For Christmas this year, I made three shawls for gifts that I actually did finish! Black sheer with different flocked and sparkled patterns and long eyelash trims.

Still working on an afghan I started in the summer. Can't knit worth a damn, so I crochet...still takes forever!

s.g.
Anyone who says "cooking is in the blood" when talking about professionals is talking out of their ass. Eating is in the blood. An appreciation of the glories of the table, of good ingredients well prepared, is in the blood. The enjoyment of a long lunch - at table with good friends, tearing into the good stuff made with love and pride - that, arguably, is in the blood, or at least in your cultural heritage.

-Tony Bourdain - Les Halles Cookbook

#38 mcj

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Posted 16 January 2005 - 07:25 AM

Back in the late winter/early spring of '98, a very close lady friend had mistakenly ordered a cross-stitch pattern. The completed picture of the pattern was mixed-in with prints, mugs, etc. Not being a crafts person, she was disappointed that just a pattern arrived. Oh well, everyone makes mistakes. Knowing her love of puppies (guess what the pattern was about) and being the friend that I was, I said that'd I'd look into it & see what it'd take to do this. Well, I did get started on it & worked at it while dog-sitting her beloved golden retriever. Unfortunately, he was struck with cancer that summer and the frantic race against time for his treatment began. There seemed to be a bit of hope for nearly two months, until it came back with a vengeance and took him. The pattern is still on a frame, somewhere, untouched ever since.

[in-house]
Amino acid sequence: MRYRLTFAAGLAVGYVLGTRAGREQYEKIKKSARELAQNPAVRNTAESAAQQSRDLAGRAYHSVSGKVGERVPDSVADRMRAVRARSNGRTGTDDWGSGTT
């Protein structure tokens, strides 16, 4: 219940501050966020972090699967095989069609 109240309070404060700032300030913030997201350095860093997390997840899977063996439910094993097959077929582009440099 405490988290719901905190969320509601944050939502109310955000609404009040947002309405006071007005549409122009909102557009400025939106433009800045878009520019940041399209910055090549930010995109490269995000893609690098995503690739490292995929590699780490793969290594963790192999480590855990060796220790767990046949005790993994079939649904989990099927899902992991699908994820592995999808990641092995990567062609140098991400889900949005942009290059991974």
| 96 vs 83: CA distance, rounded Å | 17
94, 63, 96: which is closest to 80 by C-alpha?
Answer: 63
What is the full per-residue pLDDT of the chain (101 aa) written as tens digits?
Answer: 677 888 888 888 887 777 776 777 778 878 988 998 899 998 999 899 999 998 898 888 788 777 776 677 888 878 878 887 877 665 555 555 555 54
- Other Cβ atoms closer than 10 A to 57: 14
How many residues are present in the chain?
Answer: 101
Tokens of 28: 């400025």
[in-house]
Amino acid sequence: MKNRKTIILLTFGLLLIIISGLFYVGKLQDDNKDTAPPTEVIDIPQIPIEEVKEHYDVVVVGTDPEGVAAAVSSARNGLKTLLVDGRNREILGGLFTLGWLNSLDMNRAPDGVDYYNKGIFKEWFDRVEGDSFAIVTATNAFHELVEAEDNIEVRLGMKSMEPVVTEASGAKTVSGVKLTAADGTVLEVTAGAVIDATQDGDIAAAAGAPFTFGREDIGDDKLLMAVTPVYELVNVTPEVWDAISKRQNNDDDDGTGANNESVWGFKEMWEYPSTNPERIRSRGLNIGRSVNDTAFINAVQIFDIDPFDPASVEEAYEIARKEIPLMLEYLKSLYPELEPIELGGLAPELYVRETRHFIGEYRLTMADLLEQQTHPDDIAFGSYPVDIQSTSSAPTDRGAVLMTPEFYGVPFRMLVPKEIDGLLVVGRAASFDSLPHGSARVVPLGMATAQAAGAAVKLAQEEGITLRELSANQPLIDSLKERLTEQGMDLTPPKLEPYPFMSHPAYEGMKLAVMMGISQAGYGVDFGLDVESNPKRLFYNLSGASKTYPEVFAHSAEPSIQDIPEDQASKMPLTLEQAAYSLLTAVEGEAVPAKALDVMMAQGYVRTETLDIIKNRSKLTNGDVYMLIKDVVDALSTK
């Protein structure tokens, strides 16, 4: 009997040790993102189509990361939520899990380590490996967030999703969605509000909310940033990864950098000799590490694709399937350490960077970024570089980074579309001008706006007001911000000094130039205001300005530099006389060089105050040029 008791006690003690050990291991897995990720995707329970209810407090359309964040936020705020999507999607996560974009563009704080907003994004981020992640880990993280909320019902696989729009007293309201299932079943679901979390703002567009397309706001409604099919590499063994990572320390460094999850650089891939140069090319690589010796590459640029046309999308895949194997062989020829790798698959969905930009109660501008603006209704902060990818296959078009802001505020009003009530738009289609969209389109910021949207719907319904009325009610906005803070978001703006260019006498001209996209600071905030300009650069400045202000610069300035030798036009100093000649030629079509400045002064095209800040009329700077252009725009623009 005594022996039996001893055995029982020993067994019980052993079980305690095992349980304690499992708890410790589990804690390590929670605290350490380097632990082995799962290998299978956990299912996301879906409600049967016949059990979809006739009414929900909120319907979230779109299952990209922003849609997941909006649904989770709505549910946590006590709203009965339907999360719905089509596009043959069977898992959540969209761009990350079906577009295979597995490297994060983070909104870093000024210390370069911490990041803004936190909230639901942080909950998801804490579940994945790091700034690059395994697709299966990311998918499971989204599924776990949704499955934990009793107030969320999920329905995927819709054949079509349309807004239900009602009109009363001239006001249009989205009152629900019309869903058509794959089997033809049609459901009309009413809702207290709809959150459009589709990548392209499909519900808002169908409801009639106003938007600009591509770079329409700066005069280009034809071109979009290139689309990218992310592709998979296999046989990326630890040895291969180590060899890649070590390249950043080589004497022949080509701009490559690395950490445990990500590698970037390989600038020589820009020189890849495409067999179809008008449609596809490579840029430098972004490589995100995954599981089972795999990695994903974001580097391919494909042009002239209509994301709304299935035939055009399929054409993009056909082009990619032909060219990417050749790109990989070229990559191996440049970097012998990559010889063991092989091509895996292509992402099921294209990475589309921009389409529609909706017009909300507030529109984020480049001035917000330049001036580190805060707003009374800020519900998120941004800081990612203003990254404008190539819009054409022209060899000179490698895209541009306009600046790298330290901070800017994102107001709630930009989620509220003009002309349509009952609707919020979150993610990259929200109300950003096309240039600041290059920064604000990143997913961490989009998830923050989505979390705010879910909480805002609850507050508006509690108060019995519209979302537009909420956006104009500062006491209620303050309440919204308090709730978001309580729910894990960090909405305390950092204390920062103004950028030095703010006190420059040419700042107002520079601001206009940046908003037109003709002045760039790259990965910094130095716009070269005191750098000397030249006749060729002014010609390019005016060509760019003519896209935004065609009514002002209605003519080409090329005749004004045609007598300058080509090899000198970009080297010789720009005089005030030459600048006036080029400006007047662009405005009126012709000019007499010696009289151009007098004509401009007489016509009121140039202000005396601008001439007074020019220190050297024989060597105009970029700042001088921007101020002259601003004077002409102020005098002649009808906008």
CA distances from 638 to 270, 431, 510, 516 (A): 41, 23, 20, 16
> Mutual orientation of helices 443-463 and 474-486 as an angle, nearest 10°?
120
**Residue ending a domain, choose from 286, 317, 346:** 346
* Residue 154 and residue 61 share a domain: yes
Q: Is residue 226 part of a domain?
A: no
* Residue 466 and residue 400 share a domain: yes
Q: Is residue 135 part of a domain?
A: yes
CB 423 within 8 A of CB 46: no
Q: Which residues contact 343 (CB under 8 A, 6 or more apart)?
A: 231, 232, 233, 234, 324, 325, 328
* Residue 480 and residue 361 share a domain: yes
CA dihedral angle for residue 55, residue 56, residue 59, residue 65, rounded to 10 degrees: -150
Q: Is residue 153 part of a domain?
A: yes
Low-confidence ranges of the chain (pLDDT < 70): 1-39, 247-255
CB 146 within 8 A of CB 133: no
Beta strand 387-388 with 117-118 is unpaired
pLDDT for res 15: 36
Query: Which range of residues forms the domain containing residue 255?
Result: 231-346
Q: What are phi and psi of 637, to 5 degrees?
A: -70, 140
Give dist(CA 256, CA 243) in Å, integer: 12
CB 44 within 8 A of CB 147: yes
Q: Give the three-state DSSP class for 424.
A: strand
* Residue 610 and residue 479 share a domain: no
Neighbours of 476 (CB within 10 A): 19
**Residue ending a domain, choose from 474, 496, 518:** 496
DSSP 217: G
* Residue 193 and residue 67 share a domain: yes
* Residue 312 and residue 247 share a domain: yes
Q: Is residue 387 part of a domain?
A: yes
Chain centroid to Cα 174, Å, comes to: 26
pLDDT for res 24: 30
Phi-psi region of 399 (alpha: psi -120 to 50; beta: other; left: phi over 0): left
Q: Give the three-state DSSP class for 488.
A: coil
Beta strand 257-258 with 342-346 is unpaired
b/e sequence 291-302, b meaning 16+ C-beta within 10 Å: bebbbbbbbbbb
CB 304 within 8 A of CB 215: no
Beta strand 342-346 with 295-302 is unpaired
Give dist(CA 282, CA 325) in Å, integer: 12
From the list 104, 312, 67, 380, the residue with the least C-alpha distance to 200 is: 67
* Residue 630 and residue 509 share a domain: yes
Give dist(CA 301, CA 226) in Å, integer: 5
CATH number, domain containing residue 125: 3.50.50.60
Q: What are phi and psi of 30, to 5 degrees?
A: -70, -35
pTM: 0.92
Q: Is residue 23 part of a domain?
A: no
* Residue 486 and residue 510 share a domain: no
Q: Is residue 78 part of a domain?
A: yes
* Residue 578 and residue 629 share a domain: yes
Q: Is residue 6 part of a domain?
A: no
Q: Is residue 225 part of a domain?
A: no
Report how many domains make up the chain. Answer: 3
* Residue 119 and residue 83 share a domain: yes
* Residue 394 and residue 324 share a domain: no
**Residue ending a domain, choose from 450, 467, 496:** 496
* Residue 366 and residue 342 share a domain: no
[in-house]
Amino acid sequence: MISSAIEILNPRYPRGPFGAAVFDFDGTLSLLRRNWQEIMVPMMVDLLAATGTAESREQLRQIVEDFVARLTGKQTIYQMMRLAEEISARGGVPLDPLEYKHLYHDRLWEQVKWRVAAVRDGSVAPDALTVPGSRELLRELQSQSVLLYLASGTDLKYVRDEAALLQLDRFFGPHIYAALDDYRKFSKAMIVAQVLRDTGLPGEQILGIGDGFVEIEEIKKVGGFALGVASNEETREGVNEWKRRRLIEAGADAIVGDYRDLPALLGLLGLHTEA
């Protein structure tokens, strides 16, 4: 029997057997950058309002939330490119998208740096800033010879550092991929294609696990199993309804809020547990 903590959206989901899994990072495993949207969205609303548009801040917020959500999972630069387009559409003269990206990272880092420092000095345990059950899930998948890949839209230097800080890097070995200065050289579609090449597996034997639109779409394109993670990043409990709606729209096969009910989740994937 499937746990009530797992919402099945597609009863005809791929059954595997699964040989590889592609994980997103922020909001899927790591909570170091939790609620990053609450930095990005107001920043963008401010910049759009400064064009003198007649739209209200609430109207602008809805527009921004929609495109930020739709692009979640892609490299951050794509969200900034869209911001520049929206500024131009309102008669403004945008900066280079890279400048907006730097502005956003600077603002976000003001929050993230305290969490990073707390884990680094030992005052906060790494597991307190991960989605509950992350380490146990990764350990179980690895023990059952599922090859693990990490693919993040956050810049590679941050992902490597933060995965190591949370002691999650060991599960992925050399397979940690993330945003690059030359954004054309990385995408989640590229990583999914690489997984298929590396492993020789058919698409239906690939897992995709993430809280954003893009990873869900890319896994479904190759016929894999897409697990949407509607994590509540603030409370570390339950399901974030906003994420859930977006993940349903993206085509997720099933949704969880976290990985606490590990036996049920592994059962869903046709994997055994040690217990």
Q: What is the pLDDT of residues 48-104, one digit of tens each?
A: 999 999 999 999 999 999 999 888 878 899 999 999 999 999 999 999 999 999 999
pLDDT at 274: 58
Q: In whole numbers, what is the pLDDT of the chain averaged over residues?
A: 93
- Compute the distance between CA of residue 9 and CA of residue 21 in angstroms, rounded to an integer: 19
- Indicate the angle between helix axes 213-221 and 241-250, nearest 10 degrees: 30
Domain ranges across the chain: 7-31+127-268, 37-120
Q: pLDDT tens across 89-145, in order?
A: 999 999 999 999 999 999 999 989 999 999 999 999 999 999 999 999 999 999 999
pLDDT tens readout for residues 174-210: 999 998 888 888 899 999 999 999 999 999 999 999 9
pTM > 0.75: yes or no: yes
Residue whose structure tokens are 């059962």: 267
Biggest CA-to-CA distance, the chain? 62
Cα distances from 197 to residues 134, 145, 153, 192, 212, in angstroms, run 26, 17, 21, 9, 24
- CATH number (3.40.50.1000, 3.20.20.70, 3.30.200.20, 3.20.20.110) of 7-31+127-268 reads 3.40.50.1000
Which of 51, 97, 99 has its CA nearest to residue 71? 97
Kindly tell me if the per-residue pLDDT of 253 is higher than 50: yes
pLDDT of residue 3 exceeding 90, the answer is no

It's amazing how little free time there's been since then, but that unfinished work still bothers me. I have to find some time, somehow, to finish it. I'm also aware that, for her, it'll bring back those memories of when it was started... and why it was stopped. Memories that are never far away.